First, be specific with keywords. Rather than focusing on the generic term "church" or "church near me," choose denomination and geographic-specific terms. For a Lutheran church in Madison, WI, I would only use the following keywords, set to "phrase match" to exclude irrelevant searches:

  • "Lutheran church"

  • "Madison Lutheran church"

  • "Madison WI Lutheran church"

  • "Lutheran church near me"

Second, be ultra-concentrated with geography. By default, most search advertising targets too broad an audience. As a church, your primary audience is hyper-local. Use a specific radius around your church building to only show the ads to those within a short drive of your ministry. I recommend that most churches start with a 20-mile radius.

Third, opt-out of Google's extras. I've seen too many new advertisers burn through their budget because they didn't opt out of Google's "Display Network," which extends your ads to sites like blogs and YouTube. While it's important to advertise on mobile phones (which account for half of all search volume), the "branding" potential of the Display Network leads to big trouble for immediate-response advertisers like churches!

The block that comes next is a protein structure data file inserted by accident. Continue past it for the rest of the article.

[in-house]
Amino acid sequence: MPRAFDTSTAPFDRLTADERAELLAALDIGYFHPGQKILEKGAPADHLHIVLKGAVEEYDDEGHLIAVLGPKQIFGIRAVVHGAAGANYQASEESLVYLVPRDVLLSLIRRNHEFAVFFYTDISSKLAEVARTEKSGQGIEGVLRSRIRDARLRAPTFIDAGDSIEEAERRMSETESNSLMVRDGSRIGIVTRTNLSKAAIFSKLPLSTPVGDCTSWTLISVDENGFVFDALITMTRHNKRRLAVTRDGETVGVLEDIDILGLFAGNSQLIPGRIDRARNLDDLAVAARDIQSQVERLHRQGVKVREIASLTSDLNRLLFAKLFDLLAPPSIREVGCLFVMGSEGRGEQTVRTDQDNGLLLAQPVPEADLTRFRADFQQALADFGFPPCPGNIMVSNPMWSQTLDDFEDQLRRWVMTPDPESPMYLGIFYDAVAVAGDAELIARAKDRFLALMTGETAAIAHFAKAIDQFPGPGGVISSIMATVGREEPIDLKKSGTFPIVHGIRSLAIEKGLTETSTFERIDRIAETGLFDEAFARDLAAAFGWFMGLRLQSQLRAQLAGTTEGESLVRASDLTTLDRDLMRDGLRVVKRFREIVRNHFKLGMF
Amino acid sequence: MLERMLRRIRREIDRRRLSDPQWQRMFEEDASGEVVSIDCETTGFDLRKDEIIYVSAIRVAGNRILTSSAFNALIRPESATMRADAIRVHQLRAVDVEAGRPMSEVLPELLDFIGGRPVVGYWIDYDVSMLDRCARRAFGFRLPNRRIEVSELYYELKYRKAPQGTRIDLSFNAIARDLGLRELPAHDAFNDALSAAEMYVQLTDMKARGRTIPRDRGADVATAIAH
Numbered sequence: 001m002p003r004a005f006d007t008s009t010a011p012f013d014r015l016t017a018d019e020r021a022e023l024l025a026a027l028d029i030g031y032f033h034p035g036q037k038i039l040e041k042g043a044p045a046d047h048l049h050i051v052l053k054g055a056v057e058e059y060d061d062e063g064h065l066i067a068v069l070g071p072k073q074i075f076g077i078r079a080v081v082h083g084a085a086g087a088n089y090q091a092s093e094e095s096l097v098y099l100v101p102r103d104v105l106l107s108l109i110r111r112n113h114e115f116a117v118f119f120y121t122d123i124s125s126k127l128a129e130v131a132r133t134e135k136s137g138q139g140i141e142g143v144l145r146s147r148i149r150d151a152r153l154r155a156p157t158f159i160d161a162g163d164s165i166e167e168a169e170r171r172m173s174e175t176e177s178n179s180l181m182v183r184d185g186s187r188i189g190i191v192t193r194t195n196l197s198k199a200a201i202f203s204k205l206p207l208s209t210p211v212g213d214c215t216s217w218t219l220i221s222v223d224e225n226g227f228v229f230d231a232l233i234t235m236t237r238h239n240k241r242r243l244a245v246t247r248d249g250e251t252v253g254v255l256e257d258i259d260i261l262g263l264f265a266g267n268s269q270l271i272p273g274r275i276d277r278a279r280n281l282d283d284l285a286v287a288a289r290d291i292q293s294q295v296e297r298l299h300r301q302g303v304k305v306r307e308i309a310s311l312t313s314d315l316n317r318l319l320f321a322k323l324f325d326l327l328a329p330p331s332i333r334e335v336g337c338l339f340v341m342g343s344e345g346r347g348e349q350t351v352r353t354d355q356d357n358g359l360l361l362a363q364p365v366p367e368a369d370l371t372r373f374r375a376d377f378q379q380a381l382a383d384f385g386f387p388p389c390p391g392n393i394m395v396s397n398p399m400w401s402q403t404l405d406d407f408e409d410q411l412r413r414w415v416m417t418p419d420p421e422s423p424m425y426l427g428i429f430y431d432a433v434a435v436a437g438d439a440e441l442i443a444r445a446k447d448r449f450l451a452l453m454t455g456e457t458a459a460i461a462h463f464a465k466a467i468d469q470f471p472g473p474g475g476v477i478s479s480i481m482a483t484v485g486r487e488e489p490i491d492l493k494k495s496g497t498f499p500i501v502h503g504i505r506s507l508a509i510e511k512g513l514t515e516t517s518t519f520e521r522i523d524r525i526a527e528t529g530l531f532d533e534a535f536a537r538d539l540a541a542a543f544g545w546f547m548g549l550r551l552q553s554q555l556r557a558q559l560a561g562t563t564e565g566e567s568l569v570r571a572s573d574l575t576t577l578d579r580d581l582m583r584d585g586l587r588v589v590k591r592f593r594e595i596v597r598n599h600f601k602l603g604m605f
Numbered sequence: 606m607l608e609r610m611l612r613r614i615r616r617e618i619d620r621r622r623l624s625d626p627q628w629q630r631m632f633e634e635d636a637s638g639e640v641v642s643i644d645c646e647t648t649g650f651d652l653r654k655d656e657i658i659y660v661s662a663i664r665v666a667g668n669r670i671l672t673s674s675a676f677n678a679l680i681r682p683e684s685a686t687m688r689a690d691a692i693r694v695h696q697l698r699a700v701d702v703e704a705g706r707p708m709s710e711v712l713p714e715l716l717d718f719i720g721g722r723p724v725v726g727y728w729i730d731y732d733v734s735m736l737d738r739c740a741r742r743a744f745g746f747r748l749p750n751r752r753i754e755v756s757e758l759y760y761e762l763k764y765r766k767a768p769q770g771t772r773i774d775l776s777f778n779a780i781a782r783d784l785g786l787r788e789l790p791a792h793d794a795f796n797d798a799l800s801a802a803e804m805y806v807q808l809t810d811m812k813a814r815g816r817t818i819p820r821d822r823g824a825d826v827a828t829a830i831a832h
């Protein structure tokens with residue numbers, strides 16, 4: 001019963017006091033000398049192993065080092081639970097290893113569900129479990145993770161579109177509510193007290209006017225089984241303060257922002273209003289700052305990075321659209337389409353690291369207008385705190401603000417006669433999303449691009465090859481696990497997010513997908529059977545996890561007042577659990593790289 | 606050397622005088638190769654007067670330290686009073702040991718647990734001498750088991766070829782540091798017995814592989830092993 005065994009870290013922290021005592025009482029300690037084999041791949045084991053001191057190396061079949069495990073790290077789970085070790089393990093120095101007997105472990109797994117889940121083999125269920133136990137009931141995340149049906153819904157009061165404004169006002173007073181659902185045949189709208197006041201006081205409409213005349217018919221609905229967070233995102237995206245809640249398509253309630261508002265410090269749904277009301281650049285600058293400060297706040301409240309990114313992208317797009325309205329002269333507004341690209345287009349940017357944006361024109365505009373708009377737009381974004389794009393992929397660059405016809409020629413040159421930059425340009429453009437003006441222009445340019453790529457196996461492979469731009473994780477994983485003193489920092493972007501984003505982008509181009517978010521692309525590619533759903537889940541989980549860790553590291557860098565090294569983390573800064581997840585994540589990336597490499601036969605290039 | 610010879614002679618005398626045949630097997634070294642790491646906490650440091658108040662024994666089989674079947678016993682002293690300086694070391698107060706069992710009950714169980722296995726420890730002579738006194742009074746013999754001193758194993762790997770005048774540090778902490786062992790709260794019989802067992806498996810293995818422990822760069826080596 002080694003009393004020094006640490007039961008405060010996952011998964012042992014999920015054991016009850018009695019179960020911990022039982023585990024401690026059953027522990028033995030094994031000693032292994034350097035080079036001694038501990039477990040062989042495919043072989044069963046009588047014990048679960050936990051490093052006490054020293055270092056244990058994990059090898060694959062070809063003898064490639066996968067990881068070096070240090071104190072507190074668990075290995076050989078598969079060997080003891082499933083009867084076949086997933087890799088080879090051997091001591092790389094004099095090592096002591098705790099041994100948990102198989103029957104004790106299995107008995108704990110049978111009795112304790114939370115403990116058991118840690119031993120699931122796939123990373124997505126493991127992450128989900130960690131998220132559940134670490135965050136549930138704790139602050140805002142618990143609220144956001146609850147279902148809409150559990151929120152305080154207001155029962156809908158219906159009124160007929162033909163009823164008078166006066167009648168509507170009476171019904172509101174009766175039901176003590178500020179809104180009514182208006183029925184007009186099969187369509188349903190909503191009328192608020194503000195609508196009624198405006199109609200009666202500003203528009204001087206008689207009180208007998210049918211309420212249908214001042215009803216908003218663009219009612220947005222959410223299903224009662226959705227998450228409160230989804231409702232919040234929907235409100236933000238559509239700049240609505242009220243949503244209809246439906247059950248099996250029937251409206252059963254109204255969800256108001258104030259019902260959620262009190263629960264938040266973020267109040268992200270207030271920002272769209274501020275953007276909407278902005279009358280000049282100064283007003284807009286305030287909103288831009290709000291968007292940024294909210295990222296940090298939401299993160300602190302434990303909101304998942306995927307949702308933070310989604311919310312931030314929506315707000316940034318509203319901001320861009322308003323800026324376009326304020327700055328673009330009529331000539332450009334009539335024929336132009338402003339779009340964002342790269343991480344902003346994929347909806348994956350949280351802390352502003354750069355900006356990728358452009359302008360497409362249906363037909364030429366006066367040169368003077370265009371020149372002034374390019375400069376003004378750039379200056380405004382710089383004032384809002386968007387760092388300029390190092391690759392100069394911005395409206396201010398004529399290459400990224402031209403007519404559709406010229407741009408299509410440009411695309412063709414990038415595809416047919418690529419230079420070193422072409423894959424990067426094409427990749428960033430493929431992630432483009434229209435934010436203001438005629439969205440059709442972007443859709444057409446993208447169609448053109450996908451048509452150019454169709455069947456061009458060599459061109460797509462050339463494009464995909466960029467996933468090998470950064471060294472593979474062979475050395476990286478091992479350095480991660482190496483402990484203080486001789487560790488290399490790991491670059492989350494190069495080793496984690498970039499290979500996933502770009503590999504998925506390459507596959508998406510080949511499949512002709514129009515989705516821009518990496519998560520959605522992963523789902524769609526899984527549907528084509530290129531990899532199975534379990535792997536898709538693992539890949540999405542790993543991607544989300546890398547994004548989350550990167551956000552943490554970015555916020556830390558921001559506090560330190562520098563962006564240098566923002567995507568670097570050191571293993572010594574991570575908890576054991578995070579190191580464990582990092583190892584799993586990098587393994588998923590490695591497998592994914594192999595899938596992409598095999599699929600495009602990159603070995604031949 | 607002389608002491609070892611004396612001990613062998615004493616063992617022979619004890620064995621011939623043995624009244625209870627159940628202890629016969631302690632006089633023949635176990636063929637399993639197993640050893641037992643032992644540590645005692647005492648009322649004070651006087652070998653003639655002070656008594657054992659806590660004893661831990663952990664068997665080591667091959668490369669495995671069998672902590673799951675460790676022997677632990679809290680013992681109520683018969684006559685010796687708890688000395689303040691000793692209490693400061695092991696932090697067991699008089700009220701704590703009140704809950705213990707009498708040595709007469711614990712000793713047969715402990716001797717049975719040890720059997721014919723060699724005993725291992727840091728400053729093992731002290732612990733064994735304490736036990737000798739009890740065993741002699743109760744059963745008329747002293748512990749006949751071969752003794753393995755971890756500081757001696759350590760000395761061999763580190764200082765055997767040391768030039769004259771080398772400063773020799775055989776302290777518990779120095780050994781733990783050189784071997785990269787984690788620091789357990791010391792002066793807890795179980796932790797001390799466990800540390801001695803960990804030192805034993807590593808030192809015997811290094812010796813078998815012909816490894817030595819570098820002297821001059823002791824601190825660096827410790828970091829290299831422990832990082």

For more on setting up a Google Ads account, check out this resource (from Google) and this resource (specifically for churches!).

Mistakes to avoid

In my experience helping nonprofits and small businesses with Google Ads, I've noticed a few "trendy" mistakes that detract from online advertising success. I wanted to share them here so you can avoid making these very mistakes!

Mistake #1: Expecting an immediate response. While Google Ads drive immediate traffic to your site, they're unlikely to drive immediate engagement with your ministry, particularly in the form of attendance at worship services. Like any "path to purchase," the decision to engage with a church requires multiple "touchpoints" or interactions with your "brand." One ad click does not lead to one worship attendee. Chance are, you'll need those who clicked your ads to visit your site or social media accounts seven total times before they show up to one of your events. If your pews (virtual or otherwise) aren't filling up after you activate your campaign, be patient. Give any campaign at least 1-2 months before passing judgment.